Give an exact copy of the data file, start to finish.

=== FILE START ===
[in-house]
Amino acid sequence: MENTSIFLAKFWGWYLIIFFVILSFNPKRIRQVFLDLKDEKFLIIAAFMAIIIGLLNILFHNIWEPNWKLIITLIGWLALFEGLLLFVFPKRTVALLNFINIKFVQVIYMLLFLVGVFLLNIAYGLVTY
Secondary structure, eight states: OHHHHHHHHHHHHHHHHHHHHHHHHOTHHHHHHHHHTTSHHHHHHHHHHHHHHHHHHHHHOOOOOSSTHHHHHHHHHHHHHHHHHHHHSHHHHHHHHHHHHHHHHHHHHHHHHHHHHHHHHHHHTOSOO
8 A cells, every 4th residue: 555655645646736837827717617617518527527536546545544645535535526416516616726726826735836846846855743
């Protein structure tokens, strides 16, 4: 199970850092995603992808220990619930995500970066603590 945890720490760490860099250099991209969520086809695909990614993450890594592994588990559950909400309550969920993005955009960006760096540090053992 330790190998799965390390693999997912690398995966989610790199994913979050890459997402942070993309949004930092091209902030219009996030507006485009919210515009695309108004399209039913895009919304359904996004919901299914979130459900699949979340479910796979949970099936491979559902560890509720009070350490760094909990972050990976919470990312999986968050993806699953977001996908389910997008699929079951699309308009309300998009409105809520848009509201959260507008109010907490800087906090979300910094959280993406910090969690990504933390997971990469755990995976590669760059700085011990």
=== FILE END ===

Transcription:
[in-house]
Amino acid sequence: MENTSIFLAKFWGWYLIIFFVILSFNPKRIRQVFLDLKDEKFLIIAAFMAIIIGLLNILFHNIWEPNWKLIITLIGWLALFEGLLLFVFPKRTVALLNFINIKFVQVIYMLLFLVGVFLLNIAYGLVTY
Secondary structure, eight states: OHHHHHHHHHHHHHHHHHHHHHHHHOTHHHHHHHHHTTSHHHHHHHHHHHHHHHHHHHHHOOOOOSSTHHHHHHHHHHHHHHHHHHHHSHHHHHHHHHHHHHHHHHHHHHHHHHHHHHHHHHHHTOSOO
8 A cells, every 4th residue: 555655645646736837827717617617518527527536546545544645535535526416516616726726826735836846846855743
């Protein structure tokens, strides 16, 4: 199970850092995603992808220990619930995500970066603590 945890720490760490860099250099991209969520086809695909990614993450890594592994588990559950909400309550969920993005955009960006760096540090053992 330790190998799965390390693999997912690398995966989610790199994913979050890459997402942070993309949004930092091209902030219009996030507006485009919210515009695309108004399209039913895009919304359904996004919901299914979130459900699949979340479910796979949970099936491979559902560890509720009070350490760094909990972050990976919470990312999986968050993806699953977001996908389910997008699929079951699309308009309300998009409105809520848009509201959260507008109010907490800087906090979300910094959280993406910090969690990504933390997971990469755990995976590669760059700085011990």